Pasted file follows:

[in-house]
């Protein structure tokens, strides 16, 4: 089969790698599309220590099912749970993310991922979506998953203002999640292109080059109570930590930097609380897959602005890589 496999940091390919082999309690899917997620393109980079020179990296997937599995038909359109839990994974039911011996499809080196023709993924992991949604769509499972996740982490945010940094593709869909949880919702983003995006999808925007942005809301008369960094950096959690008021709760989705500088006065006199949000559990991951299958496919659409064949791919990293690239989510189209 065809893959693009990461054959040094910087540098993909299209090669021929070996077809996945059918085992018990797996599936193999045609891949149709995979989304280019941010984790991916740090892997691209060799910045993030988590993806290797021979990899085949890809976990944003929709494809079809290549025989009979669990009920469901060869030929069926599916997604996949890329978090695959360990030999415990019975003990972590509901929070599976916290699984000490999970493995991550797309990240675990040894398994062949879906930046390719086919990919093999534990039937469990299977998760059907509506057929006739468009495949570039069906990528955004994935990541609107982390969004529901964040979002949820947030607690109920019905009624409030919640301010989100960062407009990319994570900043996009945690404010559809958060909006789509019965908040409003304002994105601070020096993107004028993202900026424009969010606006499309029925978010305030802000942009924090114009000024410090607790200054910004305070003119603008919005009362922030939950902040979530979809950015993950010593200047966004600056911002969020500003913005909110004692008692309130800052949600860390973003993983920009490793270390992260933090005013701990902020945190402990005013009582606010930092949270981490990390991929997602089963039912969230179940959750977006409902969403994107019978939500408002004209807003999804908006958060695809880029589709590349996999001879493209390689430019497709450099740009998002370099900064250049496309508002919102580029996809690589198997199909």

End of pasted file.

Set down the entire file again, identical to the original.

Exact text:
[in-house]
């Protein structure tokens, strides 16, 4: 089969790698599309220590099912749970993310991922979506998953203002999640292109080059109570930590930097609380897959602005890589 496999940091390919082999309690899917997620393109980079020179990296997937599995038909359109839990994974039911011996499809080196023709993924992991949604769509499972996740982490945010940094593709869909949880919702983003995006999808925007942005809301008369960094950096959690008021709760989705500088006065006199949000559990991951299958496919659409064949791919990293690239989510189209 065809893959693009990461054959040094910087540098993909299209090669021929070996077809996945059918085992018990797996599936193999045609891949149709995979989304280019941010984790991916740090892997691209060799910045993030988590993806290797021979990899085949890809976990944003929709494809079809290549025989009979669990009920469901060869030929069926599916997604996949890329978090695959360990030999415990019975003990972590509901929070599976916290699984000490999970493995991550797309990240675990040894398994062949879906930046390719086919990919093999534990039937469990299977998760059907509506057929006739468009495949570039069906990528955004994935990541609107982390969004529901964040979002949820947030607690109920019905009624409030919640301010989100960062407009990319994570900043996009945690404010559809958060909006789509019965908040409003304002994105601070020096993107004028993202900026424009969010606006499309029925978010305030802000942009924090114009000024410090607790200054910004305070003119603008919005009362922030939950902040979530979809950015993950010593200047966004600056911002969020500003913005909110004692008692309130800052949600860390973003993983920009490793270390992260933090005013701990902020945190402990005013009582606010930092949270981490990390991929997602089963039912969230179940959750977006409902969403994107019978939500408002004209807003999804908006958060695809880029589709590349996999001879493209390689430019497709450099740009998002370099900064250049496309508002919102580029996809690589198997199909």